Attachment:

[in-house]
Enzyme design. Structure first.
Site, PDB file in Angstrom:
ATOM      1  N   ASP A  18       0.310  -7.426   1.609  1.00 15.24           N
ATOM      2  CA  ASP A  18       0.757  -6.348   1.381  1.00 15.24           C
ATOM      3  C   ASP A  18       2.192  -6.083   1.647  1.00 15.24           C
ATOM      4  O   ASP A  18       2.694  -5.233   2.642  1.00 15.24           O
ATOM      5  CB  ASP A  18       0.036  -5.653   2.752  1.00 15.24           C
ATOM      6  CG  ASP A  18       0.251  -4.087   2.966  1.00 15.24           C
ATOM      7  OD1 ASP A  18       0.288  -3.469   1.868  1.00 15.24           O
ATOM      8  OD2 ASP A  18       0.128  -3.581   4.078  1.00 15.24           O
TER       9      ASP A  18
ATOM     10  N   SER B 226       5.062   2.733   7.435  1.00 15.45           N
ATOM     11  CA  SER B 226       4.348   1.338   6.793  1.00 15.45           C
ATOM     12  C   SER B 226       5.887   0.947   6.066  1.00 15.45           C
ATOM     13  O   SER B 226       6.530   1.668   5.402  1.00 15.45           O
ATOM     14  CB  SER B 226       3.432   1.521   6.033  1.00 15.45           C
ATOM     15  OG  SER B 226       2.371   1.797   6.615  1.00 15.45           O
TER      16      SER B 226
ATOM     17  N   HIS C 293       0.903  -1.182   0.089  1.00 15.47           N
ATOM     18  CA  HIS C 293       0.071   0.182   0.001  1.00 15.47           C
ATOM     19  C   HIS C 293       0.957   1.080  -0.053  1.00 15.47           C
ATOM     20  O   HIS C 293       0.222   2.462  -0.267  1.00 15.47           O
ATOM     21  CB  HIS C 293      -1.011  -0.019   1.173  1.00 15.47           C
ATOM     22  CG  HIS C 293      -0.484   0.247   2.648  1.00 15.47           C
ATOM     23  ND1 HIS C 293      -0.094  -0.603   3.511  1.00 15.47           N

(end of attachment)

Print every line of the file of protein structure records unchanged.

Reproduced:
[in-house]
Enzyme design. Structure first.
Site, PDB file in Angstrom:
ATOM      1  N   ASP A  18       0.310  -7.426   1.609  1.00 15.24           N
ATOM      2  CA  ASP A  18       0.757  -6.348   1.381  1.00 15.24           C
ATOM      3  C   ASP A  18       2.192  -6.083   1.647  1.00 15.24           C
ATOM      4  O   ASP A  18       2.694  -5.233   2.642  1.00 15.24           O
ATOM      5  CB  ASP A  18       0.036  -5.653   2.752  1.00 15.24           C
ATOM      6  CG  ASP A  18       0.251  -4.087   2.966  1.00 15.24           C
ATOM      7  OD1 ASP A  18       0.288  -3.469   1.868  1.00 15.24           O
ATOM      8  OD2 ASP A  18       0.128  -3.581   4.078  1.00 15.24           O
TER       9      ASP A  18
ATOM     10  N   SER B 226       5.062   2.733   7.435  1.00 15.45           N
ATOM     11  CA  SER B 226       4.348   1.338   6.793  1.00 15.45           C
ATOM     12  C   SER B 226       5.887   0.947   6.066  1.00 15.45           C
ATOM     13  O   SER B 226       6.530   1.668   5.402  1.00 15.45           O
ATOM     14  CB  SER B 226       3.432   1.521   6.033  1.00 15.45           C
ATOM     15  OG  SER B 226       2.371   1.797   6.615  1.00 15.45           O
TER      16      SER B 226
ATOM     17  N   HIS C 293       0.903  -1.182   0.089  1.00 15.47           N
ATOM     18  CA  HIS C 293       0.071   0.182   0.001  1.00 15.47           C
ATOM     19  C   HIS C 293       0.957   1.080  -0.053  1.00 15.47           C
ATOM     20  O   HIS C 293       0.222   2.462  -0.267  1.00 15.47           O
ATOM     21  CB  HIS C 293      -1.011  -0.019   1.173  1.00 15.47           C
ATOM     22  CG  HIS C 293      -0.484   0.247   2.648  1.00 15.47           C
ATOM     23  ND1 HIS C 293      -0.094  -0.603   3.511  1.00 15.47           N